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Brain Cancer Awareness 5K
Sat, Aug 22, 2015
Running-5K - Individual Age group/open
Walking-5K - Individual Age group/open
About This Activity
Last Year's Event
Thank you to everyone who participated in last year's inaugural event. Thanks to your participation and support from our generous sponsors, we donated $25,000 to the University of Pittsburgh Cancer Institute to support brain cancer research!
How is this 5K different?
Truthfully, the second annual Brain Cancer Awareness 5K is pretty much just like every 5K out there. If you choose to sponsor, run or walk, which we hope you do, here is what you get:
Beautiful scenery – Our course is nestled in the heart of White Oak Park.
Fantastic volunteers – Some of us are related, some of us met by coincidence, and some of us just want to help. Whomever you meet-when you are checked in or receive a cup of water at one of our convenient rest stops-you will be well taken care of.
A really cool shirt – Just what every runner and walker secretly hopes for when they are lacing up their tennies, another awesome shirt! Designed by a friend and printed by yet another friend, all registered walkers and runners will receive the official Brain Cancer Awareness 5K t-shirt. And guess what? When you wear our shirt, you will help to spread awareness about brain cancer, for which we thank you.
A little bit of awareness about brain cancer – Yes, we are shamelessly going to sneak in some education. Before having a family member or friend diagnosed with brain cancer, none of us knew much about it. We don’t expect you to walk away a neurosurgeon, but we do want to make you aware of the signs and symptoms of brain cancer.
To learn more, we encourage you to visit UPMCCancerCenter.com/braincancer.
What you will not get:
You will not get dyed a rainbow of colors, chased by zombies, or be required to scale walls using your Herculean strength. There are some other pretty great 5Ks that already provide these services. We should know, because many of us have participated in those events too.
Why should you sponsor, run or walk?
That is up to you. This is why we are doing this:
Meet Dorothy Pollack. She is why we are doing this. Dorothy was a wife, mother, grandmother, great grandmother, Girl Scout leader, bus tour aficionado, friend, and collector of rare light houses. Just kidding. She loved light houses and so she did her best to buy them all. Just ask her husband, Joe. Seriously-go ahead and ask him. He will be the handsome, spry 80 something year old passing out water at one of the rest stops.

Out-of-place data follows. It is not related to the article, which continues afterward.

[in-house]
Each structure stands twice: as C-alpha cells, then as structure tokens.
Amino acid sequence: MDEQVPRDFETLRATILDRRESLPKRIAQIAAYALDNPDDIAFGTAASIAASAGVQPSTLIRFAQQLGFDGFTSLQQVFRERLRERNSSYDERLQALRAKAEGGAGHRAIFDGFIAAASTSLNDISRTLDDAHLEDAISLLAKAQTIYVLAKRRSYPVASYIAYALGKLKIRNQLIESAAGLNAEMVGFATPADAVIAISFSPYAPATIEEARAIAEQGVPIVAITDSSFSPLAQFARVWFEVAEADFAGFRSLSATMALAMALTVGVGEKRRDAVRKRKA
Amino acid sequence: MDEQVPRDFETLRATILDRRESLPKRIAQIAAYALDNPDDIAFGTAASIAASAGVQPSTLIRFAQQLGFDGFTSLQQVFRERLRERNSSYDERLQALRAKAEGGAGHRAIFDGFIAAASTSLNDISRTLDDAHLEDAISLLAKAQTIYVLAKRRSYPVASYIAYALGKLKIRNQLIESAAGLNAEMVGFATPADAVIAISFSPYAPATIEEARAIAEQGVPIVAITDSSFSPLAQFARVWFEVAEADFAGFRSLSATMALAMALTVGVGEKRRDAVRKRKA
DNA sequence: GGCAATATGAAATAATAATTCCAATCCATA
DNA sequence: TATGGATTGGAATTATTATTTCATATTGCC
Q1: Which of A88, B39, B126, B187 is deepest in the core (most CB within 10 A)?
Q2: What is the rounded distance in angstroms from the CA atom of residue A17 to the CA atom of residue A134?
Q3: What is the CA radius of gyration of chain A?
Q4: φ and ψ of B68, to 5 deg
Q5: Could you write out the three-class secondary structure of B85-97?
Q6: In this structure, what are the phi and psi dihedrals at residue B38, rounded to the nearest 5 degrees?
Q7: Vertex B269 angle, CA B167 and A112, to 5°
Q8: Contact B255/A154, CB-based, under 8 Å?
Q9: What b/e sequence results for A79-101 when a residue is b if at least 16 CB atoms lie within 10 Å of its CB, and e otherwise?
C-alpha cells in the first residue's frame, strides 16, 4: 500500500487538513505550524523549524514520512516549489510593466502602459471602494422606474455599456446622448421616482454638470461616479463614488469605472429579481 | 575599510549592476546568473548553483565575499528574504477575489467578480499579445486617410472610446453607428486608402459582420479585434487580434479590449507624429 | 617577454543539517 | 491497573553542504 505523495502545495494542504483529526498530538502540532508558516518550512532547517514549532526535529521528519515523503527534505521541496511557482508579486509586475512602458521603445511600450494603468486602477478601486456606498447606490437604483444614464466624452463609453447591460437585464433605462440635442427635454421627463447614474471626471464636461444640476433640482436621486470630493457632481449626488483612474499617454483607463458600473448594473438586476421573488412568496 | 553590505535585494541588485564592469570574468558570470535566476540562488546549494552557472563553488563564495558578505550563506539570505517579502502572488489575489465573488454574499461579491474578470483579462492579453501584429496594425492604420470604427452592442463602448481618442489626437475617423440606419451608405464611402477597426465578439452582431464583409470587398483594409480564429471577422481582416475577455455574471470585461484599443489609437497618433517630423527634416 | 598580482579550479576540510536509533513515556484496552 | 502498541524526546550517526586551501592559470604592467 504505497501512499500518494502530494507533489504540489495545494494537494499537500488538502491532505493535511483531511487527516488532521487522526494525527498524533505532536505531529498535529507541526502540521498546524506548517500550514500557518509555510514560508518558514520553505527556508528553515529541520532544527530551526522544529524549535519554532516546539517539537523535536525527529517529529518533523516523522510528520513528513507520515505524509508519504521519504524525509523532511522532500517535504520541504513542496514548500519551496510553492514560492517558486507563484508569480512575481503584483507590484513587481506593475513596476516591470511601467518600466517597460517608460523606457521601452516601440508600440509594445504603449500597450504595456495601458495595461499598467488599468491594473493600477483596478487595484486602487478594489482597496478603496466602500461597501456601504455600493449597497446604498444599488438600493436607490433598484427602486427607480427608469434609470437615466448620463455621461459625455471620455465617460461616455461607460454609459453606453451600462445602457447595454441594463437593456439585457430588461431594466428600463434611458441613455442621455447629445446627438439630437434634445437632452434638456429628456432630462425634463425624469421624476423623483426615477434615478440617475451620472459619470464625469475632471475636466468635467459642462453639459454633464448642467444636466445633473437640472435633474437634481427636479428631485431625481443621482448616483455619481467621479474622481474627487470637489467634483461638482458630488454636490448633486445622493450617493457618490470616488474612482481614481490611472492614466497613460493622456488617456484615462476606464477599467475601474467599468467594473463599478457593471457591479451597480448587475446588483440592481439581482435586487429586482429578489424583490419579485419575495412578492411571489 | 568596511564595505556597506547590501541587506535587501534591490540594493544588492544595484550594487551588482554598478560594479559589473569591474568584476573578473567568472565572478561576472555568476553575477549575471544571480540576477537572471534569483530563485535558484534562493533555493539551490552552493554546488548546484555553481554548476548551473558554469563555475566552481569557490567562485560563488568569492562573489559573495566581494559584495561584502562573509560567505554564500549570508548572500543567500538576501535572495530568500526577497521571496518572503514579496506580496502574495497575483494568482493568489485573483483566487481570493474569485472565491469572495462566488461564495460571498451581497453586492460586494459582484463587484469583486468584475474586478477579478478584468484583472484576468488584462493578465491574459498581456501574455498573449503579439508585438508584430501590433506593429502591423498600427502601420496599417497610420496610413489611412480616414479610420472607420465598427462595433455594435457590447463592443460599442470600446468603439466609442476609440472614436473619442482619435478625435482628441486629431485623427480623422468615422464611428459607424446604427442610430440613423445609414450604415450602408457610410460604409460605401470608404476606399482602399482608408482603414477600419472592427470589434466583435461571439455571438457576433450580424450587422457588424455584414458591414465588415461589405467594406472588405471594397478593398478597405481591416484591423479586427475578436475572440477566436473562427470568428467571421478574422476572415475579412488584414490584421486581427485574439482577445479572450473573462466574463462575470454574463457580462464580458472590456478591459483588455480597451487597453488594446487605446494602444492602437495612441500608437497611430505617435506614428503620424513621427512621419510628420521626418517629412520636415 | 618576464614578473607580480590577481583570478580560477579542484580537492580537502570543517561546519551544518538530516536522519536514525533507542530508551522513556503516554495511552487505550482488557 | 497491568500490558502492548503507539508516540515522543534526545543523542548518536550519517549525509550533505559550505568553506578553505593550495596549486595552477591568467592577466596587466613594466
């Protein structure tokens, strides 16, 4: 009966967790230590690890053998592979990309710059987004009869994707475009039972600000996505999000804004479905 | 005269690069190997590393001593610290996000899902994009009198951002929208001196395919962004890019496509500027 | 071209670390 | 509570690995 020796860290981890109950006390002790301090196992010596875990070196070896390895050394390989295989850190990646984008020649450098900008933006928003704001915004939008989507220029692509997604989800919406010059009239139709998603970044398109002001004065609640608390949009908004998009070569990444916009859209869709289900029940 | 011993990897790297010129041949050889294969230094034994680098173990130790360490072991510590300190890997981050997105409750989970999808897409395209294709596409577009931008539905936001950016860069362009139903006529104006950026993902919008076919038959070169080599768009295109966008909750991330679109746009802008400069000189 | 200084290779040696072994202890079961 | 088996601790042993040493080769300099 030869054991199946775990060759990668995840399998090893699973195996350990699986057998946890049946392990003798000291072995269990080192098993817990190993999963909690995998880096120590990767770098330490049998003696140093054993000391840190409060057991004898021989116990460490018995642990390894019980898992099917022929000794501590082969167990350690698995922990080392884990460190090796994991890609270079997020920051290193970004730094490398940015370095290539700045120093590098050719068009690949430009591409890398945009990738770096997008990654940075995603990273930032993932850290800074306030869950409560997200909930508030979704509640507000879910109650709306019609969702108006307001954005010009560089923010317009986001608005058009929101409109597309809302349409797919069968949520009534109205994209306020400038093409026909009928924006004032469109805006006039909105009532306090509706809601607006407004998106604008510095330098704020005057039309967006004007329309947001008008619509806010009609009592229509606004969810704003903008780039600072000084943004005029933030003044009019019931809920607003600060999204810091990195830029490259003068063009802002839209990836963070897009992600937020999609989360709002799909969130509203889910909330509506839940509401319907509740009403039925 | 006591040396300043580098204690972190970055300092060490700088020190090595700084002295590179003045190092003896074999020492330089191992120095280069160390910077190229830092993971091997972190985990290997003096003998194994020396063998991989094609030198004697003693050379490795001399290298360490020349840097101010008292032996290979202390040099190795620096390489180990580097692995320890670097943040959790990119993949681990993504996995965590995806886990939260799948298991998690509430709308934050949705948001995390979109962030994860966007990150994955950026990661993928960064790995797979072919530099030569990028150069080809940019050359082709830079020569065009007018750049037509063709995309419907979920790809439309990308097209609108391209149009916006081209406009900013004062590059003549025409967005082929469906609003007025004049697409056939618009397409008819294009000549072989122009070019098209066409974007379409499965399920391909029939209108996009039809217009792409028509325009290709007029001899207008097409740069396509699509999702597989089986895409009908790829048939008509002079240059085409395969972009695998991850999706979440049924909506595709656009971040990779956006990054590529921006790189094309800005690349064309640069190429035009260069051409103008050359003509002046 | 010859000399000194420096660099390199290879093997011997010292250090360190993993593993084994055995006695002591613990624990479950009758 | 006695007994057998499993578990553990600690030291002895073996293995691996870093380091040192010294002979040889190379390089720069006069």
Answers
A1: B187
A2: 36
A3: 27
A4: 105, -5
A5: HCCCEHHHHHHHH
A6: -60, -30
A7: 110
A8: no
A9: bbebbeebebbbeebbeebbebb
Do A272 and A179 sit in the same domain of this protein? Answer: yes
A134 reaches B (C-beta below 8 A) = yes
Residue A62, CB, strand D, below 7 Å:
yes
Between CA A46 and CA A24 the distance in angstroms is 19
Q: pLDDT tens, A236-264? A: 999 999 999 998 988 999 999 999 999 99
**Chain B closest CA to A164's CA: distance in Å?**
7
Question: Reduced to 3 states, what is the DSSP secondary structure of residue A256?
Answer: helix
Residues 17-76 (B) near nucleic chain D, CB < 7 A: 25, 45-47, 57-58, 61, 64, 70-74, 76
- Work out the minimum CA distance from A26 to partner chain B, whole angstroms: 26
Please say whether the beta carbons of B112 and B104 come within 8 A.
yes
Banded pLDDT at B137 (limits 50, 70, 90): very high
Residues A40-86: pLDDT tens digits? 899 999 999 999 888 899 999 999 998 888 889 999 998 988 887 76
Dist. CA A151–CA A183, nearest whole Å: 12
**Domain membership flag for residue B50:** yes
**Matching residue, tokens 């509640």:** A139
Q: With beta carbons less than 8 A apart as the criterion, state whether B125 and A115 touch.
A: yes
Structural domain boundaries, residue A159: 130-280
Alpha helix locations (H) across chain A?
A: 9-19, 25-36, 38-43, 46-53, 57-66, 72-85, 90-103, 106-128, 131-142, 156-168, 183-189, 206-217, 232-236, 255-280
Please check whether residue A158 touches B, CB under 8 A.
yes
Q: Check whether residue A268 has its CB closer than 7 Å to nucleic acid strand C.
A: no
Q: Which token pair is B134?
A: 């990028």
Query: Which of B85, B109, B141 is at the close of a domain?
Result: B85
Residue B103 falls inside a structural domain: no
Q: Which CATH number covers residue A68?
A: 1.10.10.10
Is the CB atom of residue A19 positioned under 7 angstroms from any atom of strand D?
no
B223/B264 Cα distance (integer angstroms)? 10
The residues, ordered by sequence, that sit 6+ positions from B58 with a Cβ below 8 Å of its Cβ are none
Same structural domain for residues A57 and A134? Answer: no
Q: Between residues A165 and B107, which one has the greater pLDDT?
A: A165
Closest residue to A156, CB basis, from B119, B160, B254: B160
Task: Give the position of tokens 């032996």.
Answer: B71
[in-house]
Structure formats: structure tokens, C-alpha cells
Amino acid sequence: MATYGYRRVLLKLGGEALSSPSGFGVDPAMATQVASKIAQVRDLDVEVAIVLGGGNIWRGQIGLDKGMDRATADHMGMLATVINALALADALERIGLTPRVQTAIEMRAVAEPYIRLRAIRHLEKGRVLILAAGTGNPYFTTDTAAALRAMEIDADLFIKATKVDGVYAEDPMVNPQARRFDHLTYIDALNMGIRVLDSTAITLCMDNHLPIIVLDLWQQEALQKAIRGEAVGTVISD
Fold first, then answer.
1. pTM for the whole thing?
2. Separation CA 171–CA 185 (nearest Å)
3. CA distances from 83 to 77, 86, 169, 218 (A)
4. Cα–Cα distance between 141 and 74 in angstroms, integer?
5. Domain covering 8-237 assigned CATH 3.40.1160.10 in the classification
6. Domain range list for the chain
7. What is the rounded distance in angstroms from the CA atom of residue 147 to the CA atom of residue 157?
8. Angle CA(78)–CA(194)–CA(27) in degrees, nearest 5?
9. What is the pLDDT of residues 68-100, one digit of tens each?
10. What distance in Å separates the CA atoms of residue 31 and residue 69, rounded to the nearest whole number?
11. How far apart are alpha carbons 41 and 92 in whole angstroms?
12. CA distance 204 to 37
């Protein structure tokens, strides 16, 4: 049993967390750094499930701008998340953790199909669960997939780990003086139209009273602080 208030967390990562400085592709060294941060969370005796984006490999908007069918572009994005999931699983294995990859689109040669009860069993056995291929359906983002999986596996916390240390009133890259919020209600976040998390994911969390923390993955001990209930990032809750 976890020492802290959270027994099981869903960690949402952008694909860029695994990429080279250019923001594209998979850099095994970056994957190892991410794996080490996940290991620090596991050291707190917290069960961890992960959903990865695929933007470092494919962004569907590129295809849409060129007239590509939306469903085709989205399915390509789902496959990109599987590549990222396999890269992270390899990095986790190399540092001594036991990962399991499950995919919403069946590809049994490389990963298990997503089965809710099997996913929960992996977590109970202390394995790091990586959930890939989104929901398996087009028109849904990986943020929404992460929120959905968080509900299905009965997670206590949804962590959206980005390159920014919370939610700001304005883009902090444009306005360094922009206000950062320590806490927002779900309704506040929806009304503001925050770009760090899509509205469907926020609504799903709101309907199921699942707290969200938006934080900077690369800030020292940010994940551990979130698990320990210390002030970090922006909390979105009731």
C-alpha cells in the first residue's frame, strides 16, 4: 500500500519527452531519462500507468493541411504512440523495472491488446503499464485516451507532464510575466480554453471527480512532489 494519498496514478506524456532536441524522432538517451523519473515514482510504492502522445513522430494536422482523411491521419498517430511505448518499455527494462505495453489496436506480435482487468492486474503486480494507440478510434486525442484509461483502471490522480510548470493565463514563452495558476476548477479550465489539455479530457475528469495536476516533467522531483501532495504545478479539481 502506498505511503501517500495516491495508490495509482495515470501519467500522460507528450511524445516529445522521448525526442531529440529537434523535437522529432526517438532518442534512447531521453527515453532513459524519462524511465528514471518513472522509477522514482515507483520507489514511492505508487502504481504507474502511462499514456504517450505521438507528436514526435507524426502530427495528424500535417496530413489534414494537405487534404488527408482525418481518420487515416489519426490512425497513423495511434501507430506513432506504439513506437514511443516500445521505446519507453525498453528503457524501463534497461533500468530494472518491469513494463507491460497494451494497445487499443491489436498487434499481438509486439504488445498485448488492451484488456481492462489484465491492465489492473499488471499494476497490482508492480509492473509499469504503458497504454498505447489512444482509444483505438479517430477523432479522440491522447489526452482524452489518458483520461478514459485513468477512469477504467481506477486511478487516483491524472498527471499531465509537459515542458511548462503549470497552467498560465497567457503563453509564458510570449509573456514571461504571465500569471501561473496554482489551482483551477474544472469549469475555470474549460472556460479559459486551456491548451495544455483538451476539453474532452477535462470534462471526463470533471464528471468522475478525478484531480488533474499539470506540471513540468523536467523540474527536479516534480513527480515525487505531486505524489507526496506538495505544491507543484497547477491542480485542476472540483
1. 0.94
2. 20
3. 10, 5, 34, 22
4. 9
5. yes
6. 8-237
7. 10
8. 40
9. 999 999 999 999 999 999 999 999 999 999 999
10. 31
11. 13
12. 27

In late 2013, Dorothy began to have trouble getting around and was easily irritated. Then in mid-January 2014, she fell. Being a stroke survivor, her family assumed it was another stroke and rushed her to the ER, where an MRI revealed a large brain tumor. Following surgery, her tumor was diagnosed as a treatment resistant GBM or glioblastoma – a cancerous form of brain cancer.
On February 27, 2014, Dorothy lost her battle with brain cancer surrounded by her loving family.
Barb is why we are doing this. In 1985, Barb was an active 21 year old young woman, totally immersed in living life and making plans for the future, when she began to feel dizzy and unsteady on her feet at different times of the day. She decided it was time to see her doctor who recommended further testing. Nothing could have prepared Barb and her family for the devastating diagnosis; she had a non-cancerous brain tumor. Following surgery and 30 treatments of radiation over a period of six weeks, Barb was back to “normal” life. .
Fast forward 28 years later, which encompasses a ton of great memories, including marriage to a great man and four wonderful children, Barb began having severe headaches and a few memory lapses over a period of only a few months. Testing revealed a brain tumor that was diagnosed as a GBM or glioblastoma. After two surgeries and several different types of radiation and chemotherapy, Barb succumbed to the disease in 2014.
We wouldn’t be here without Barb. It was her determination to bring awareness to brain cancer that brought our group together, and it is her memory and the memory of all those who have battled brain cancer courageously that keep us motivated to bring an end to brain cancer.
Our collective goal for this 5k
We also are doing this for others who may have this disease. We want to bring awareness to this type of cancer. GBM is a deadly disease, and one very few people hear about.
Event proceeds will benefit brain cancer research at the University of Pittsburgh Cancer Institute.